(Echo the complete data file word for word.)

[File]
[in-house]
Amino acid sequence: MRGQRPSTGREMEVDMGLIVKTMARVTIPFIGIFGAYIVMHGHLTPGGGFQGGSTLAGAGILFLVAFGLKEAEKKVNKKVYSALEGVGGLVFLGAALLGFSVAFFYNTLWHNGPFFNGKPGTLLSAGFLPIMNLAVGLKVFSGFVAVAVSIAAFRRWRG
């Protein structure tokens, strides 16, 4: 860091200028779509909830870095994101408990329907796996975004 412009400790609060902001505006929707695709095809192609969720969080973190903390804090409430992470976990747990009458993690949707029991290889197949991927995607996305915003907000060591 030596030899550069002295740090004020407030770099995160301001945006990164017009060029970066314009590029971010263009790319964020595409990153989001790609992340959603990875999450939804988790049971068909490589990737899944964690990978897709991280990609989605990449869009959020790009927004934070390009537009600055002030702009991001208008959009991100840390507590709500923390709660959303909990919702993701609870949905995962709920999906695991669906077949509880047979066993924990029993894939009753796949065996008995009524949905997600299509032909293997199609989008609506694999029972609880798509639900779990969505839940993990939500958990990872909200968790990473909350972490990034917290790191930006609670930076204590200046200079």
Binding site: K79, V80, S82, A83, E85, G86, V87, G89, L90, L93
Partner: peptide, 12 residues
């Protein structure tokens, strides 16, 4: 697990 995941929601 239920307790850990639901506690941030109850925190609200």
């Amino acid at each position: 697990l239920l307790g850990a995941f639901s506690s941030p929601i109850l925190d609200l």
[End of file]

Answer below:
[in-house]
Amino acid sequence: MRGQRPSTGREMEVDMGLIVKTMARVTIPFIGIFGAYIVMHGHLTPGGGFQGGSTLAGAGILFLVAFGLKEAEKKVNKKVYSALEGVGGLVFLGAALLGFSVAFFYNTLWHNGPFFNGKPGTLLSAGFLPIMNLAVGLKVFSGFVAVAVSIAAFRRWRG
């Protein structure tokens, strides 16, 4: 860091200028779509909830870095994101408990329907796996975004 412009400790609060902001505006929707695709095809192609969720969080973190903390804090409430992470976990747990009458993690949707029991290889197949991927995607996305915003907000060591 030596030899550069002295740090004020407030770099995160301001945006990164017009060029970066314009590029971010263009790319964020595409990153989001790609992340959603990875999450939804988790049971068909490589990737899944964690990978897709991280990609989605990449869009959020790009927004934070390009537009600055002030702009991001208008959009991100840390507590709500923390709660959303909990919702993701609870949905995962709920999906695991669906077949509880047979066993924990029993894939009753796949065996008995009524949905997600299509032909293997199609989008609506694999029972609880798509639900779990969505839940993990939500958990990872909200968790990473909350972490990034917290790191930006609670930076204590200046200079």
Binding site: K79, V80, S82, A83, E85, G86, V87, G89, L90, L93
Partner: peptide, 12 residues
């Protein structure tokens, strides 16, 4: 697990 995941929601 239920307790850990639901506690941030109850925190609200």
């Amino acid at each position: 697990l239920l307790g850990a995941f639901s506690s941030p929601i109850l925190d609200l």